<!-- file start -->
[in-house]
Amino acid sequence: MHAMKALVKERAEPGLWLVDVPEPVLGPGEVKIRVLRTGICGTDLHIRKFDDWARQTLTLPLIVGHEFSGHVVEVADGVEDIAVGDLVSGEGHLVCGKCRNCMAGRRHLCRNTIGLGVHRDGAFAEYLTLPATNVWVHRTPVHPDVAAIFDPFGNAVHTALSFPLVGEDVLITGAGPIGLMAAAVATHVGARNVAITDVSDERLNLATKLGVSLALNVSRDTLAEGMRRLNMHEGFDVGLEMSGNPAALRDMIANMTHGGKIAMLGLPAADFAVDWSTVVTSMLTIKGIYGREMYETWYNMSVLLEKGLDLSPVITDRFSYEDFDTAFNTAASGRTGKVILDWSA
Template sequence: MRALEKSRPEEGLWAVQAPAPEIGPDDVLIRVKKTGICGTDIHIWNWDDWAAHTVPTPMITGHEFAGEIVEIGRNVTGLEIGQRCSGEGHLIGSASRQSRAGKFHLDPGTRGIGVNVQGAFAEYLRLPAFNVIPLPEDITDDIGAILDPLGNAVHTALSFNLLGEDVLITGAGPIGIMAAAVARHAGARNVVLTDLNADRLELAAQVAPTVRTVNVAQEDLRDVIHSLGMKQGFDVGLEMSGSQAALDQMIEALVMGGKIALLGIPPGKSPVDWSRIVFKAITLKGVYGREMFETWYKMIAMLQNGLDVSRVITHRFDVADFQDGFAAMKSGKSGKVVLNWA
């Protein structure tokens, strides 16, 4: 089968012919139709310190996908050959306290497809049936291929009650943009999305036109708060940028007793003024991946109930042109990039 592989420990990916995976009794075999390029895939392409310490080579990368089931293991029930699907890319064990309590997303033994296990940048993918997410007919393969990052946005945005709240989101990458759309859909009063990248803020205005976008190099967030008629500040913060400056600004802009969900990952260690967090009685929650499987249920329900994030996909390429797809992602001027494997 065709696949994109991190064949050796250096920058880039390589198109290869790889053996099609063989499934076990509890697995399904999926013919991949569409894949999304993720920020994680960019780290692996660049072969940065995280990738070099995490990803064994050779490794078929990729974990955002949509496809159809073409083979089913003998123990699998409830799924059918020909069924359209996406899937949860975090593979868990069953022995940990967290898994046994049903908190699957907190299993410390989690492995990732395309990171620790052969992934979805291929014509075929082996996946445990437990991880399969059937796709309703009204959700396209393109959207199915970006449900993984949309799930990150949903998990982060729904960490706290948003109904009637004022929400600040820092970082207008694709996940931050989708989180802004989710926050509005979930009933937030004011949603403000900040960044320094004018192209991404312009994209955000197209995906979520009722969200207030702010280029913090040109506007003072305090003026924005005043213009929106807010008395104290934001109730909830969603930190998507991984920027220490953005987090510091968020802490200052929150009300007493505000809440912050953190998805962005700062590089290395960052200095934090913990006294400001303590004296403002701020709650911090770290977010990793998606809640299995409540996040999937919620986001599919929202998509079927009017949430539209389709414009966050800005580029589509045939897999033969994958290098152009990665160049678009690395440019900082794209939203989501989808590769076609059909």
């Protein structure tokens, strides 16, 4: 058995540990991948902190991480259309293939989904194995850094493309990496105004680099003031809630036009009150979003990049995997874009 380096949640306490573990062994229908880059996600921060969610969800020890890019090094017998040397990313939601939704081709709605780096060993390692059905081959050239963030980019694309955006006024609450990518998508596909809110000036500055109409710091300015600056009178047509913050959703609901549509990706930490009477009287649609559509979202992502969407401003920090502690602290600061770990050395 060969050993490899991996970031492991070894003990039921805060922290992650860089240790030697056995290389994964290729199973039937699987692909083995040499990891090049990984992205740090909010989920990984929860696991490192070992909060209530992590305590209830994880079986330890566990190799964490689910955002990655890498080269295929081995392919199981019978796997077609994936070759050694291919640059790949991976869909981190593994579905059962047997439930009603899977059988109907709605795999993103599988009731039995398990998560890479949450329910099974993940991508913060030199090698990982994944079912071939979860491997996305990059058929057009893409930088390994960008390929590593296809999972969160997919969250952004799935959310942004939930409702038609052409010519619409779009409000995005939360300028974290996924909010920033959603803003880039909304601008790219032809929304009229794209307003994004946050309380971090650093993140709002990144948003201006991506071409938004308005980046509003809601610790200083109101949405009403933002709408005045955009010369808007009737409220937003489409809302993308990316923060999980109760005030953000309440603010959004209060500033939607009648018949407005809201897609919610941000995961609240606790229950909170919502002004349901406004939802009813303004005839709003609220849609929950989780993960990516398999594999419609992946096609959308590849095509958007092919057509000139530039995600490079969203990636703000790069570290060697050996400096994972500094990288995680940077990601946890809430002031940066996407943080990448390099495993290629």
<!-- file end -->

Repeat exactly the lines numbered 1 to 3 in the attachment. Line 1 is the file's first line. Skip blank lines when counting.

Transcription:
[in-house]
Amino acid sequence: MHAMKALVKERAEPGLWLVDVPEPVLGPGEVKIRVLRTGICGTDLHIRKFDDWARQTLTLPLIVGHEFSGHVVEVADGVEDIAVGDLVSGEGHLVCGKCRNCMAGRRHLCRNTIGLGVHRDGAFAEYLTLPATNVWVHRTPVHPDVAAIFDPFGNAVHTALSFPLVGEDVLITGAGPIGLMAAAVATHVGARNVAITDVSDERLNLATKLGVSLALNVSRDTLAEGMRRLNMHEGFDVGLEMSGNPAALRDMIANMTHGGKIAMLGLPAADFAVDWSTVVTSMLTIKGIYGREMYETWYNMSVLLEKGLDLSPVITDRFSYEDFDTAFNTAASGRTGKVILDWSA
Template sequence: MRALEKSRPEEGLWAVQAPAPEIGPDDVLIRVKKTGICGTDIHIWNWDDWAAHTVPTPMITGHEFAGEIVEIGRNVTGLEIGQRCSGEGHLIGSASRQSRAGKFHLDPGTRGIGVNVQGAFAEYLRLPAFNVIPLPEDITDDIGAILDPLGNAVHTALSFNLLGEDVLITGAGPIGIMAAAVARHAGARNVVLTDLNADRLELAAQVAPTVRTVNVAQEDLRDVIHSLGMKQGFDVGLEMSGSQAALDQMIEALVMGGKIALLGIPPGKSPVDWSRIVFKAITLKGVYGREMFETWYKMIAMLQNGLDVSRVITHRFDVADFQDGFAAMKSGKSGKVVLNWA